Families unable to cross the border embrace across the Rio Grande during Hugs Not Walls event

Immigration

EL PASO, Texas (KTSM) — Maria Aldaba drove 18 hours from Kansas to El Paso for a chance to be with her family for three minutes.

Aldaba participated in the Hugs Not Walls event on Saturday. The event allowed more than 100 pre-screened families a chance to speak to and embrace loved ones for three minutes. The border fence was opened to allow them the opportunity.

Albada traveled from Kansas to visit her family who live in Mexico.

“Eighteen hours of traveling is very, very little hours for these moments of three minutes to hug my mom and children. It’s worth it, a lot,” she said in Spanish.

A “#HUGS NOT WALLS” banner is displayed along the border wall as part of 8th annual event on the Rio Grande, in Ciudad Juarez, Mexico, Saturday, June 19, 2021. The event allows migrants living in the U.S. to reunite with their relatives living on the other side of the border for a few minutes. (AP Photo/Christian Chavez)

Families could be seen holding on to one another as tears rolled down their cheeks as other families eagerly awaited their turn to cross. They waived through the border fence at their loved ones in excitement.

This was the eighth year that the event called “Hugs Not Walls” was held at the El Paso-Juarez border. The event is hosted by the Border Network for Human Rights and Reform Immigration for Texas Alliance.


“My dad hasn’t seen his mom for almost 15 years and my aunt. My mom hasn’t seen one of her brothers for 21 year,” said Brenda Soria, who traveled with her family from Arizona. “It’s really hard because they did this for us … and they haven’t seen their family, you know. Because of us, because they wanted us to be on this side and have a better future.”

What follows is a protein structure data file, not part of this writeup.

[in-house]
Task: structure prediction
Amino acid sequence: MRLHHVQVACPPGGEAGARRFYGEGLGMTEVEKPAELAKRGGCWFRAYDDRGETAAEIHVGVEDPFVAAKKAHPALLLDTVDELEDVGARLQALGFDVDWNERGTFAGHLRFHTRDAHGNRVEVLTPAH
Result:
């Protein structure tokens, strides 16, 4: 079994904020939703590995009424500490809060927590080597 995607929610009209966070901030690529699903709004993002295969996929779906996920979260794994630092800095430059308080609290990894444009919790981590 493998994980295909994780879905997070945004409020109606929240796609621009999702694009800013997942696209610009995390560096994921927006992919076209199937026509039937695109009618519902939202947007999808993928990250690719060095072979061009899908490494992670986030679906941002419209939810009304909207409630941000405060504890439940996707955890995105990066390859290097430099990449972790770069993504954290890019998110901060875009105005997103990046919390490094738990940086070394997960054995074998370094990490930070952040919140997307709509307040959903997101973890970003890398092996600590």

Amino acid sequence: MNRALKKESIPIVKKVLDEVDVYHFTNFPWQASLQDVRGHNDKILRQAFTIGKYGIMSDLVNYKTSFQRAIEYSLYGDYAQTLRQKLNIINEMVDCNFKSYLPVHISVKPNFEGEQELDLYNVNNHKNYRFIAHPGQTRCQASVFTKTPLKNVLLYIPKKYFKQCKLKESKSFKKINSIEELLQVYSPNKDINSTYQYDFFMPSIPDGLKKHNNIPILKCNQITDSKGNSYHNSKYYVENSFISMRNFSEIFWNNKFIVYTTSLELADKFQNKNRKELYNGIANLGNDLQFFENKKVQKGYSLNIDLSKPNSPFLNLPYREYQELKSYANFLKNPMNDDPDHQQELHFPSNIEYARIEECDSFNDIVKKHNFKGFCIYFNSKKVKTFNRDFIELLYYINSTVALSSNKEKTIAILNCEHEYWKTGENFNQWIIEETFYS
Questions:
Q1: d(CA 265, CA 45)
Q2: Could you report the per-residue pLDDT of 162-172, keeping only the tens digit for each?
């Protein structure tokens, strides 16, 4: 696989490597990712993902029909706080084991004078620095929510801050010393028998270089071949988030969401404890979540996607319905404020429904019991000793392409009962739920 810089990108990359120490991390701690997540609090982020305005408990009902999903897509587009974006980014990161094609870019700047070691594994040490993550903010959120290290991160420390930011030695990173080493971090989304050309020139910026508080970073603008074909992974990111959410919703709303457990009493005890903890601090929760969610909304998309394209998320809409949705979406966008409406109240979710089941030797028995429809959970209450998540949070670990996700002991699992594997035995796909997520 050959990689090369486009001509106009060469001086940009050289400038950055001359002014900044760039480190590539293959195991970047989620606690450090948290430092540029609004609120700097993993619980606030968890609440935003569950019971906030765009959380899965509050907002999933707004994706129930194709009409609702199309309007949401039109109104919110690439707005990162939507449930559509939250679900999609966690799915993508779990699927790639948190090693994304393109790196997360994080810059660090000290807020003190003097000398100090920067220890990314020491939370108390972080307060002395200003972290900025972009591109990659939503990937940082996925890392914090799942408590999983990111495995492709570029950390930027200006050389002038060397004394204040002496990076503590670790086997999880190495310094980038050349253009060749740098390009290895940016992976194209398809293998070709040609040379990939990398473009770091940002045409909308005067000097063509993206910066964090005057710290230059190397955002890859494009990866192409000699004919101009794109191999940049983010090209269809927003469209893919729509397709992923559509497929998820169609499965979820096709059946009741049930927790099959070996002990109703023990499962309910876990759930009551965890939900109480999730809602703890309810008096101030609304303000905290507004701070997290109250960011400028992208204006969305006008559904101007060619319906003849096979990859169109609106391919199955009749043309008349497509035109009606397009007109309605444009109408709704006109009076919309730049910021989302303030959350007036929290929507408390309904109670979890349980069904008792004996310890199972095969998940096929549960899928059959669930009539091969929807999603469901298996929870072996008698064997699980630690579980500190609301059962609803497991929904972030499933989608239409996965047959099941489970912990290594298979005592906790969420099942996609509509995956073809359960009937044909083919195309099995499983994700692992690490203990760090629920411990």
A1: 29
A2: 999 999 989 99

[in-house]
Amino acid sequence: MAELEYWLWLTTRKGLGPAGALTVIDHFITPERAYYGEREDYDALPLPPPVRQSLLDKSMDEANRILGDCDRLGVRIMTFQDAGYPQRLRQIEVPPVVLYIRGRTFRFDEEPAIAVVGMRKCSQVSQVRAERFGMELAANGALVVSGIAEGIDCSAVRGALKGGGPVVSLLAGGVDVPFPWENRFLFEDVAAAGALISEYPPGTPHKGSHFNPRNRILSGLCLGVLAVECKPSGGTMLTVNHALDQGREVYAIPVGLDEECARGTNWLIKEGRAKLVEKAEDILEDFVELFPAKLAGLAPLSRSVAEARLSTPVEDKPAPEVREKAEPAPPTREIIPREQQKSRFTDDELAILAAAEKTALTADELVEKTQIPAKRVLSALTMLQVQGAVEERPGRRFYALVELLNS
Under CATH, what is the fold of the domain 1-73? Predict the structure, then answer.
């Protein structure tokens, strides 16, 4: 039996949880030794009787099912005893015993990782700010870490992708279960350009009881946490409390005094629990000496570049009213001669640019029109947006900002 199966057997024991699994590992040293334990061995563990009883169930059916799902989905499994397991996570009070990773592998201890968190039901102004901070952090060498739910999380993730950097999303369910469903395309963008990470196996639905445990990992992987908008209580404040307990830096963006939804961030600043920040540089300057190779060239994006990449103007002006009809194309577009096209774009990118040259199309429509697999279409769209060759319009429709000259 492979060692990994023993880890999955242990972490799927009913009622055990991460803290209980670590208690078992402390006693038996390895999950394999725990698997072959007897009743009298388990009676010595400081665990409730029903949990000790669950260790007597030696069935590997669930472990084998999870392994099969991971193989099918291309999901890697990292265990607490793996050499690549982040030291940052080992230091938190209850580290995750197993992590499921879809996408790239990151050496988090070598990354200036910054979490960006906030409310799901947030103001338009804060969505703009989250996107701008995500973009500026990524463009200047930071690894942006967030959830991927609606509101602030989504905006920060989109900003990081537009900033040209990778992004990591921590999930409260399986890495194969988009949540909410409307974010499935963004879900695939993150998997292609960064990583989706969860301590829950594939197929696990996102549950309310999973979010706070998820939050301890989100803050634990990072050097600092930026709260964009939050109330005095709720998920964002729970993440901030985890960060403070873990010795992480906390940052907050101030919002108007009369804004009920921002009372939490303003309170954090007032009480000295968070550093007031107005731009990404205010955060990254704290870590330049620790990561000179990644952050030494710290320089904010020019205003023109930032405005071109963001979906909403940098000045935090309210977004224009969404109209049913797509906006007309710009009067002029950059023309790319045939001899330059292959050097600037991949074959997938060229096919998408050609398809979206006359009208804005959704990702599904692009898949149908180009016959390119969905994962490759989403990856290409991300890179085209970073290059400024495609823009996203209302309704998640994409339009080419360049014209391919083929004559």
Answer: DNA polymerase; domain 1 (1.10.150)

One El Pasoan participating in the event said she found it difficult to express how she felt about getting to see her son for the first time in a decade.

“My son, it’s been,” said Norma Valenzuela in Spanish before pausing as tears filled her eyes.

“She can’t speak,” her daughter Adriana Valenzuela said as she held her.

“Ten years that I haven’t seen him,” Norma Valenzuela said. She was also excited and nervous to see her son, who lives in Mexico. Adriana explained why her mother cannot cross to Mexico.

“Because of the immigration rules and all the stuff, she lost her residence, so she cannot go to Juarez,” Maria said. “So it’s why she can’t see him.”

A young girl came with her grandmother to see her father, whom she hadn’t seen in a year.

“I’m feeling very happy and also very emotional but I should enjoy this opportunity,” said Valentina Museo as she stood next to her grandmother.

For the families, the hardest part was saying goodbye, but they say it was worth every precious minute.

“It doesn’t have a price, it’s worth it. All of this for three minutes to hug to my children,” said Teresa Alonso, who traveled from across the country to see her her loved ones.

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The mission of BorderReport.com is to provide real-time delivery of the untold local stories about people living, working and migrating along the U.S. border with Mexico. The information is gathered by experienced and trusted Nexstar Media Group journalists hired specifically to cover the border.